Can I feed my new rabbit broccoli?
Yes. Rabbits love broccoli and it’s very good for them. The broccoli leaves are especially good for your rabbit. Ant dark green leafy vegetable is an excellent source of vitamins and nutrients. You should, however, limit the amount of broccoli buds you feed your rabbit.

Too much may make him gassy. When you first introduce broccoli to his diet, be sure to add small amounts and monitor his intake. If he seems to get gassy or his stool

How Much and What Kinds of Food Do Rabbits Need to Eat?
Rabbits need approximately one cup of greens per 2 pounds of body weight a day. This can be divided into multiple feedings a day. It is important to limit a rabbit's consumption of alkaloids. Alkaloids, such as oxalic acid, are naturally occurring chemicals that can be toxic in high doses to both humans and animals.

Oxalic acid, found in parsley, mustard greens, and spinach, can be quite harmful to rabbits if consumed in high doses depending upon the soil composition the plant was grown in, the time of year the plant was harvested, and the age of the plant.

Most of the foods that we feed domesticated rabbits have no, or very low, amounts of oxalic acid, and the toxicity of the acid is associated with feeding large quantities of the foods over an extended period of time. Symptoms of oxalic acid contamination include tingling of the skin and mouth and kidney damage. Nonetheless, these foods offer great nutritional benefits, so it is not necessary to completely eliminate them from your rabbit's diet, though they should be limited.

It is recommended that your rabbit eat at least three different types of leafy greens a day, with only one of them containing a high amount of oxalic acid. Each week it is recommended that you rotate the types of greens you feed your rabbit.

For example, if you feed your rabbit broccoli greens, wild clover, and parsley one week, you should feed them salad bowl lettuce, mustard greens, and fresh grasses the next week. By rotating the types of fresh vegetables that they consume, you will ensure that your rabbit is exposed to a variety of texture, taste, and nutrition like they would be out in the wild.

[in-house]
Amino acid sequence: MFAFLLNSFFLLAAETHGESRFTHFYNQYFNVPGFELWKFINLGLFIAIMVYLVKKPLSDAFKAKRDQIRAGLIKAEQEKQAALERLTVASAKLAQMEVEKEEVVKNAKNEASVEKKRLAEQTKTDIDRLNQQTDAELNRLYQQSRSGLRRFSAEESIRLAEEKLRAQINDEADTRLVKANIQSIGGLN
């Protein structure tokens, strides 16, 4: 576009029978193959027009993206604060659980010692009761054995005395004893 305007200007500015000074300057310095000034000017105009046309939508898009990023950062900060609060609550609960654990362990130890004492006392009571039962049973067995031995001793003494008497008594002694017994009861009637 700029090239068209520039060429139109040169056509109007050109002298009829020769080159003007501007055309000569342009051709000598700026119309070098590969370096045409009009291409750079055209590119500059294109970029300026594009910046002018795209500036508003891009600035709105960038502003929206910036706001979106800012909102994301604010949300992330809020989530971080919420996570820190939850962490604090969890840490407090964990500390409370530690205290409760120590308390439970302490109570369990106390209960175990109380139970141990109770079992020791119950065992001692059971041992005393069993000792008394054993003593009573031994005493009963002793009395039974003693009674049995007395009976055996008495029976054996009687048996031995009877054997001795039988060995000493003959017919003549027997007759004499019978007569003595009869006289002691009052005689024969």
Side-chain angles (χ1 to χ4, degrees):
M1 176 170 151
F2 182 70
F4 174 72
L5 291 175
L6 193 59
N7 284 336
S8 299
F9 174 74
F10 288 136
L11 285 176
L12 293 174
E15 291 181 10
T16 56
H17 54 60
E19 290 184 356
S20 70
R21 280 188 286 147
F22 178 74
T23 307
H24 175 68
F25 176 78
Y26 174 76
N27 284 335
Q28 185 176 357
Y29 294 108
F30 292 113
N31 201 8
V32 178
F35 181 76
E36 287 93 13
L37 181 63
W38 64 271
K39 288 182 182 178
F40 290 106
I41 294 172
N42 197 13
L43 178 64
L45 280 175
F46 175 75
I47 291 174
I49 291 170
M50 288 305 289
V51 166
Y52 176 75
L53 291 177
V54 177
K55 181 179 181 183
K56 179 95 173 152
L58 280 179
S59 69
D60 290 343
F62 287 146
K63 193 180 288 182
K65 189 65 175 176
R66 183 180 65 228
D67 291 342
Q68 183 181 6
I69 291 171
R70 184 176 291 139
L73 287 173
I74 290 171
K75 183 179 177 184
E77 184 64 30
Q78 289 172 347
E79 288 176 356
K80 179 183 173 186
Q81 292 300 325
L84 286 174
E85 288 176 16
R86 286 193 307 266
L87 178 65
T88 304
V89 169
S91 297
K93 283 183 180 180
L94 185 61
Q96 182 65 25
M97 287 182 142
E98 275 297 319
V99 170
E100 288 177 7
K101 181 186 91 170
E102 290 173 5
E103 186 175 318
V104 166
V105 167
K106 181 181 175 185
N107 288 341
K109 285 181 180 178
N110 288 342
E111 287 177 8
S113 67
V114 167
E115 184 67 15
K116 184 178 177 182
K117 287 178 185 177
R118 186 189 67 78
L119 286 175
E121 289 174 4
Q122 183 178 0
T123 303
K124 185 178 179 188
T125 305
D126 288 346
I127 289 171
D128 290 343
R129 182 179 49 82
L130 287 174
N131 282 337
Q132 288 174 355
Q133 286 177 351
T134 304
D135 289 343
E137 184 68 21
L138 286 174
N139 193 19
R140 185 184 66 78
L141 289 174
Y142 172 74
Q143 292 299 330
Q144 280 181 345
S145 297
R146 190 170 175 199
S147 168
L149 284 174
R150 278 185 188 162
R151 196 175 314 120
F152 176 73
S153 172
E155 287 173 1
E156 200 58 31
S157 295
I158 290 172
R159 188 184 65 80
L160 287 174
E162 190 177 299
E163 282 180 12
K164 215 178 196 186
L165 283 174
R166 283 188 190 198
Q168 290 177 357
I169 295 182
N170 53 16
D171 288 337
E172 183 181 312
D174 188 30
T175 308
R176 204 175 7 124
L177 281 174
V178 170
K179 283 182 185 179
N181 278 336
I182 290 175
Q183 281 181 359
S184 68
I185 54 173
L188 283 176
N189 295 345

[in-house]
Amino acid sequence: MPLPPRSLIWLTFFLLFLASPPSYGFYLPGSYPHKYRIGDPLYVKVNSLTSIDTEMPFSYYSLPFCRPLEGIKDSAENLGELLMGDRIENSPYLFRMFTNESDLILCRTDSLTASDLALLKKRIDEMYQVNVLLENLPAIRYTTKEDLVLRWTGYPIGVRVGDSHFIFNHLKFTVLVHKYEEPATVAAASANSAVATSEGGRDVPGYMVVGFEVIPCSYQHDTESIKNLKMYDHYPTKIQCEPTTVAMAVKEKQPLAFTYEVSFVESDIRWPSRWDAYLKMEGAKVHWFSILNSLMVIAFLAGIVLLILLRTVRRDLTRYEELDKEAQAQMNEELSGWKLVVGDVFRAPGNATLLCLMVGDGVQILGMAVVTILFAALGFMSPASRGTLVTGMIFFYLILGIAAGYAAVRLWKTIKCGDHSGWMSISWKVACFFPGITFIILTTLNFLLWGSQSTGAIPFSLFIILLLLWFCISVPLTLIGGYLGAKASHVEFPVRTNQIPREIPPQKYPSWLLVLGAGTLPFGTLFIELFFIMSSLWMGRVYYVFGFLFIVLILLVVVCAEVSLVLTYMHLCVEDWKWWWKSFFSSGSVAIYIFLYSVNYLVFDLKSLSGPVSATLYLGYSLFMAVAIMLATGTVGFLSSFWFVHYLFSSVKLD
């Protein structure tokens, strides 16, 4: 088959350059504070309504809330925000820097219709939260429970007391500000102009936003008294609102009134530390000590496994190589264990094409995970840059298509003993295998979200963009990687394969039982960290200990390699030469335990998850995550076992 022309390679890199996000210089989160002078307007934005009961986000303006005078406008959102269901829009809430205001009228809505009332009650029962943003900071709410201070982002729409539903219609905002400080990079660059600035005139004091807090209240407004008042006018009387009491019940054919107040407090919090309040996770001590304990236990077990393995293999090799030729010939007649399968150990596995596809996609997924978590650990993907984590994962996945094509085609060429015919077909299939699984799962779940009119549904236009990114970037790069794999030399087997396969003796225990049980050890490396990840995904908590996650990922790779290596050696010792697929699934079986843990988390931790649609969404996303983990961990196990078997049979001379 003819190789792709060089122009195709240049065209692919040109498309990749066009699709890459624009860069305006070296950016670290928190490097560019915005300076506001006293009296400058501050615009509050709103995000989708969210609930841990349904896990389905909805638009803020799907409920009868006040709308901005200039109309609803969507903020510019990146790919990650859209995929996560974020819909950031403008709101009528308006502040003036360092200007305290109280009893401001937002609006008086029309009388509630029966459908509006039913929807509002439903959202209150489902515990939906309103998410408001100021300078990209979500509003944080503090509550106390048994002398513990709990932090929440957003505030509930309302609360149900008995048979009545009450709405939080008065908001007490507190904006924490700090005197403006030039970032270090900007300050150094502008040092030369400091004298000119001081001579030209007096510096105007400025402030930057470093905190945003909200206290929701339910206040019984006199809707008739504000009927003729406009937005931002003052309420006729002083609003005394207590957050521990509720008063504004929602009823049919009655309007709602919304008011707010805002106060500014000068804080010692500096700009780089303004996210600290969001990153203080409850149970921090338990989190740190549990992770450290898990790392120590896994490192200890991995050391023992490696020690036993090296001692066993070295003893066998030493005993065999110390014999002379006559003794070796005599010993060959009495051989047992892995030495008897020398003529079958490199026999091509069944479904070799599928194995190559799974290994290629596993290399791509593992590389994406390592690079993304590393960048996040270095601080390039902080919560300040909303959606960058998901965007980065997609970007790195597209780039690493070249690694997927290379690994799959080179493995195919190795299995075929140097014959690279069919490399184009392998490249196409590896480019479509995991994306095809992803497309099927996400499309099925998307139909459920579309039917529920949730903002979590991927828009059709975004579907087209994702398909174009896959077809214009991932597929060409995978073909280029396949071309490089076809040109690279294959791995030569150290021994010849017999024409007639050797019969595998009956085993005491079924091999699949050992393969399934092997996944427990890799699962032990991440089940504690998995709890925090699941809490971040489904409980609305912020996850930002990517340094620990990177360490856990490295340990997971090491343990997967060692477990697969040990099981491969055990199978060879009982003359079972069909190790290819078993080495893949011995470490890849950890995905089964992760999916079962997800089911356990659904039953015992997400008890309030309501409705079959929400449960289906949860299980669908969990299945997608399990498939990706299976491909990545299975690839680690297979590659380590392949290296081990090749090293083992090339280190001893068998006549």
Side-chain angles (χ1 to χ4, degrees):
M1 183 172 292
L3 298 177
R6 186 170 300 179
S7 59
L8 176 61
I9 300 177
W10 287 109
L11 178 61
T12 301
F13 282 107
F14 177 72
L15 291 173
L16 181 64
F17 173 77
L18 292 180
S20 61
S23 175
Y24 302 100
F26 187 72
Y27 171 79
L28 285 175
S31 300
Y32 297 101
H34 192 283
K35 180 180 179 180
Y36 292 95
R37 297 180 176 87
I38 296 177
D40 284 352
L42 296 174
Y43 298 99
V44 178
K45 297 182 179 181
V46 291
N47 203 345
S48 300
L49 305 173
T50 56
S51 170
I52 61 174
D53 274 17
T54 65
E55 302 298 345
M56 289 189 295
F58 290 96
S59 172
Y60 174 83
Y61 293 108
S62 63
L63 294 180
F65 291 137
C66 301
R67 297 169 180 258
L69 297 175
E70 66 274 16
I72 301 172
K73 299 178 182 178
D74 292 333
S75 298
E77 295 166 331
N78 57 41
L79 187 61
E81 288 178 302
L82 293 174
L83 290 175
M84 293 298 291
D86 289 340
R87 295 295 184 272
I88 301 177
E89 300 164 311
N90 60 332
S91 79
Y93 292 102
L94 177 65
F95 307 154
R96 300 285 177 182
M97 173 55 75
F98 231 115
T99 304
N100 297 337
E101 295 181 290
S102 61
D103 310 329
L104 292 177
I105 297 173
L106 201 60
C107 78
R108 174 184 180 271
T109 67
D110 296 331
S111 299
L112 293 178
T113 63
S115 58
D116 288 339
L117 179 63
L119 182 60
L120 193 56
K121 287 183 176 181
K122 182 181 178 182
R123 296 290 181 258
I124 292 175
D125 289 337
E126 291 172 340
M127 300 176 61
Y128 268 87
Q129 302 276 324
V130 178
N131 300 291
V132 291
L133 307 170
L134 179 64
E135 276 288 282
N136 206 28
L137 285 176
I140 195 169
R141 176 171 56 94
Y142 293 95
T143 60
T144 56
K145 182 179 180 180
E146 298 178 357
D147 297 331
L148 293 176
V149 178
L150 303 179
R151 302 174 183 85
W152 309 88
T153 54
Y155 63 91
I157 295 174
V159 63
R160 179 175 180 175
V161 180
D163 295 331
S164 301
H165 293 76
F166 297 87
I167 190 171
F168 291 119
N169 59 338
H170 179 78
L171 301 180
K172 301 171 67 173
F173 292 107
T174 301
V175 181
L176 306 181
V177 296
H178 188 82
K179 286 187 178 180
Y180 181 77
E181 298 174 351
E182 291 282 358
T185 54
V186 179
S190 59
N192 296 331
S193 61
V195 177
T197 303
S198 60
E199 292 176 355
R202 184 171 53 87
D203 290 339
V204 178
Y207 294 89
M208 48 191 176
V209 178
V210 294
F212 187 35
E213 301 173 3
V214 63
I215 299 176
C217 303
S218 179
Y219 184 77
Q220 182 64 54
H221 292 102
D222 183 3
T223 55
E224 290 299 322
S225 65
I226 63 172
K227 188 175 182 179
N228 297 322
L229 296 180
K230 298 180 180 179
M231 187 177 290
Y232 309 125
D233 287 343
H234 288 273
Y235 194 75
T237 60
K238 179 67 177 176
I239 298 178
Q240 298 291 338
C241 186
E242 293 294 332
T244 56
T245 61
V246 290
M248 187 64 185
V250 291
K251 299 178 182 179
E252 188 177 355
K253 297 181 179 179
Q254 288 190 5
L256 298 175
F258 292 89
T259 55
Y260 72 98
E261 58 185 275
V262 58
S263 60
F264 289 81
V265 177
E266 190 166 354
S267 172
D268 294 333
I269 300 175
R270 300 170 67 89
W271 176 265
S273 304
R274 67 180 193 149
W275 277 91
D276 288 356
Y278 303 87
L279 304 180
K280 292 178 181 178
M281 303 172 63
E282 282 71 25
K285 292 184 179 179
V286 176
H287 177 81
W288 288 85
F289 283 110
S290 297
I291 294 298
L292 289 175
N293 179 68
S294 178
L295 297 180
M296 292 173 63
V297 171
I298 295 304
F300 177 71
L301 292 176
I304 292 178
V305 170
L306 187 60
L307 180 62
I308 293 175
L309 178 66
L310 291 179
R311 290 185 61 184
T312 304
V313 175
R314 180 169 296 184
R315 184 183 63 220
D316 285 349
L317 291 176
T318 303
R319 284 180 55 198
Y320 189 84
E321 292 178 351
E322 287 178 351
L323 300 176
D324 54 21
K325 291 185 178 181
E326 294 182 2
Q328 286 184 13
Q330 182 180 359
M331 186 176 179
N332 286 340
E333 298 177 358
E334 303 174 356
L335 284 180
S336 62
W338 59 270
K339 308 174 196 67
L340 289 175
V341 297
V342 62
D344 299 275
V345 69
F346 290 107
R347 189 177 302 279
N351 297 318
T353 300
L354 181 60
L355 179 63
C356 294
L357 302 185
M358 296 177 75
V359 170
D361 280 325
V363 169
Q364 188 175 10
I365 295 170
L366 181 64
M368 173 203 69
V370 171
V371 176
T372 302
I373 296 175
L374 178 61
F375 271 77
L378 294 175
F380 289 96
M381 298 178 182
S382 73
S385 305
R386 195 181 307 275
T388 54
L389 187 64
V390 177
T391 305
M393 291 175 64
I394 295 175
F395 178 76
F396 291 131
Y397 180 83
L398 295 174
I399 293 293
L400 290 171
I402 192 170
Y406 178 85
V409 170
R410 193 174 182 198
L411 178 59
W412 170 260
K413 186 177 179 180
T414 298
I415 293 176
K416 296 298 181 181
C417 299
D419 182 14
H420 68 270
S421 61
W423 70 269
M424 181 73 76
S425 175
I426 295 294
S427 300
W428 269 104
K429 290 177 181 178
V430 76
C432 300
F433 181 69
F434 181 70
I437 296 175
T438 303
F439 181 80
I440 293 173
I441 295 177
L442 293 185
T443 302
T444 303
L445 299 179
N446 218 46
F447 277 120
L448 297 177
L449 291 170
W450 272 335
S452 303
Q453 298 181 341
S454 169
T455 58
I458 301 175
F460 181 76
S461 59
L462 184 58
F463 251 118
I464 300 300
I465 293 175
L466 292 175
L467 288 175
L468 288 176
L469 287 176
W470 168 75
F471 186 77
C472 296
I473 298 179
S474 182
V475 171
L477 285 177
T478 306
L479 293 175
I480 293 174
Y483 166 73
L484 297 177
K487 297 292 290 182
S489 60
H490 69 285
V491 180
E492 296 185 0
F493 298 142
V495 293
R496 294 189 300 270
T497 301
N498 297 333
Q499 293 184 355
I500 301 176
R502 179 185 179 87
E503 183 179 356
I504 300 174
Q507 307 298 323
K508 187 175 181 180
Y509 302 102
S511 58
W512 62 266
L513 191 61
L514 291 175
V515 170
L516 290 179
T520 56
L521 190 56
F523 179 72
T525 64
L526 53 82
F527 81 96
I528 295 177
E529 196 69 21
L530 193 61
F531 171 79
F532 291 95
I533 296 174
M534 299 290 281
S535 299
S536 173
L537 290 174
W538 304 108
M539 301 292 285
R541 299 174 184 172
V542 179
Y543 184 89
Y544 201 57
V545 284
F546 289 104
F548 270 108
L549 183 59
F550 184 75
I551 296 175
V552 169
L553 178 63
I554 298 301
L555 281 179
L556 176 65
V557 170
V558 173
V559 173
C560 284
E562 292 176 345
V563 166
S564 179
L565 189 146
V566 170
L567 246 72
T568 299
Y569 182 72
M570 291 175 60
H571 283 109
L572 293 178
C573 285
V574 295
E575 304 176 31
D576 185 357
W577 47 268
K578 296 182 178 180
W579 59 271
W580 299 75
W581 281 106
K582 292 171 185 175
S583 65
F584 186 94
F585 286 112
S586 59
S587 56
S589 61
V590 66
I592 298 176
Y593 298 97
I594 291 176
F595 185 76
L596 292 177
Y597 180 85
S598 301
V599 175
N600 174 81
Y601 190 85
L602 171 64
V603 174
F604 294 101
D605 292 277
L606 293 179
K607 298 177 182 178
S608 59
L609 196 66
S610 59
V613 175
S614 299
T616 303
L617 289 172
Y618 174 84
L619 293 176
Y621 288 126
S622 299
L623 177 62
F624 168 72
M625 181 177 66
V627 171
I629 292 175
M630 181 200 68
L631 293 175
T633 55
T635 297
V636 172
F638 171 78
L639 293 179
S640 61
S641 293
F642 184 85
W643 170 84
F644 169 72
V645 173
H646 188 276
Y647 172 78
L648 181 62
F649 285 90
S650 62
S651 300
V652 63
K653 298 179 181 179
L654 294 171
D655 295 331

Leafy greens that contain low levels of oxalic acid include, but are not limited to, arugula, carrot tops, kale, dandelion greens, spring greens, cilantro, dill leaves, fennel, and romaine lettuce.

These types of greens should make up 75% of your rabbit's daily diet. A rabbit will also benefit from eating the leaves and stems of broccoli, carrots, celery, cabbage, zucchini, and bell peppers, though these types of foods should only count for 15% of their daily food intake. The remaining 10% can consist of apple slices without the stem or seeds, pears, plums, berries, or melons.

What Are the Risks Associated with Rabbits Eating Broccoli and Other Foods?
Many domesticated rabbit owners are concerned about feeding their fluffy friends foods, such as broccoli, that can cause gastrointestinal gas in humans. However, a rabbit's gastrointestinal tract is very different from a human's and many of the foods that cause gas for humans do not affect rabbits at all. Therefore, there is no risk associated with rabbits eating a normal amount of broccoli as part of their daily diets.

The most common types of food that cause issues with rabbit's gastrointestinal systems are high in starch and sugars because they alter the pH of the cecum and can cause permanent damage to the rabbit's system.

Foods that should be avoided in high or regular servings include grains and legumes. Starchy root vegetables and fruits can also lead to raised blood sugar and should be fed only as a very small part of a rabbit's daily diet. Foods in the onion family, such as leeks and chives, should also be avoided because consumption of them can cause blood abnormalities.

While broccoli is safe a safe food to feed your rabbit, it is not considered a leafy green vegetable and should not make up a significant portion of your pet's daily diet. Broccoli contains higher sugar and starch levels and should be fed in lesser daily amounts. A good serving suggestion for broccoli and other non-leafy greens would be about 1 tablespoon for every two pounds of bodyweight a day.

Can Weed Help You Get Well? 
Types of Domesticated Rabbit Food Percentage of Daily Diet
Grass Hay Variety 75% of daily diet, or 1 cup per 2lbs
Green Leafy Vegetables 75% of daily diet, or 1 cup per 2lbs
Non-Leafy Vegetables 15% of daily diet, or 1 tablespoon per 2lbs
Fresh fruits 10% of daily diet, or 1 teaspoon per 2lbs